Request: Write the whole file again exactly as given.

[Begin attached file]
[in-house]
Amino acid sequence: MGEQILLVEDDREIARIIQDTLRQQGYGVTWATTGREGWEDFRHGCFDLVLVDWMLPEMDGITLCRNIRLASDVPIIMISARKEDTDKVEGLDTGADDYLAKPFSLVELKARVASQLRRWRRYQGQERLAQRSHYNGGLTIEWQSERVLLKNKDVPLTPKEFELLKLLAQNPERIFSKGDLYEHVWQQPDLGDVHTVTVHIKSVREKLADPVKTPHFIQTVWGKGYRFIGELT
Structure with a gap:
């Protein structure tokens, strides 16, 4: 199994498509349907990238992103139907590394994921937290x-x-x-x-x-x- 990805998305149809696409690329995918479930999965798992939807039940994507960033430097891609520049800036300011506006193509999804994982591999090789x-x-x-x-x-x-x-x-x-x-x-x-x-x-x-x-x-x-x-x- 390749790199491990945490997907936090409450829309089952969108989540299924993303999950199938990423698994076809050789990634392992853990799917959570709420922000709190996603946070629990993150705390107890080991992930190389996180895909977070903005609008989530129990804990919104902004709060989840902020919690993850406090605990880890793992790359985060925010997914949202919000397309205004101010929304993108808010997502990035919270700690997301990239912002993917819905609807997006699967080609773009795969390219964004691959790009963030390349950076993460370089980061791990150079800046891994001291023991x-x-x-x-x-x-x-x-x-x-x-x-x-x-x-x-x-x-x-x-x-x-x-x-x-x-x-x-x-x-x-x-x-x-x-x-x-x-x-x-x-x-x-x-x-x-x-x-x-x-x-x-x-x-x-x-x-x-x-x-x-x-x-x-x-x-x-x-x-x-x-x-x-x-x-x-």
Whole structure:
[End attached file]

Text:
[in-house]
Amino acid sequence: MGEQILLVEDDREIARIIQDTLRQQGYGVTWATTGREGWEDFRHGCFDLVLVDWMLPEMDGITLCRNIRLASDVPIIMISARKEDTDKVEGLDTGADDYLAKPFSLVELKARVASQLRRWRRYQGQERLAQRSHYNGGLTIEWQSERVLLKNKDVPLTPKEFELLKLLAQNPERIFSKGDLYEHVWQQPDLGDVHTVTVHIKSVREKLADPVKTPHFIQTVWGKGYRFIGELT
Structure with a gap:
């Protein structure tokens, strides 16, 4: 199994498509349907990238992103139907590394994921937290x-x-x-x-x-x- 990805998305149809696409690329995918479930999965798992939807039940994507960033430097891609520049800036300011506006193509999804994982591999090789x-x-x-x-x-x-x-x-x-x-x-x-x-x-x-x-x-x-x-x- 390749790199491990945490997907936090409450829309089952969108989540299924993303999950199938990423698994076809050789990634392992853990799917959570709420922000709190996603946070629990993150705390107890080991992930190389996180895909977070903005609008989530129990804990919104902004709060989840902020919690993850406090605990880890793992790359985060925010997914949202919000397309205004101010929304993108808010997502990035919270700690997301990239912002993917819905609807997006699967080609773009795969390219964004691959790009963030390349950076993460370089980061791990150079800046891994001291023991x-x-x-x-x-x-x-x-x-x-x-x-x-x-x-x-x-x-x-x-x-x-x-x-x-x-x-x-x-x-x-x-x-x-x-x-x-x-x-x-x-x-x-x-x-x-x-x-x-x-x-x-x-x-x-x-x-x-x-x-x-x-x-x-x-x-x-x-x-x-x-x-x-x-x-x-």
Whole structure: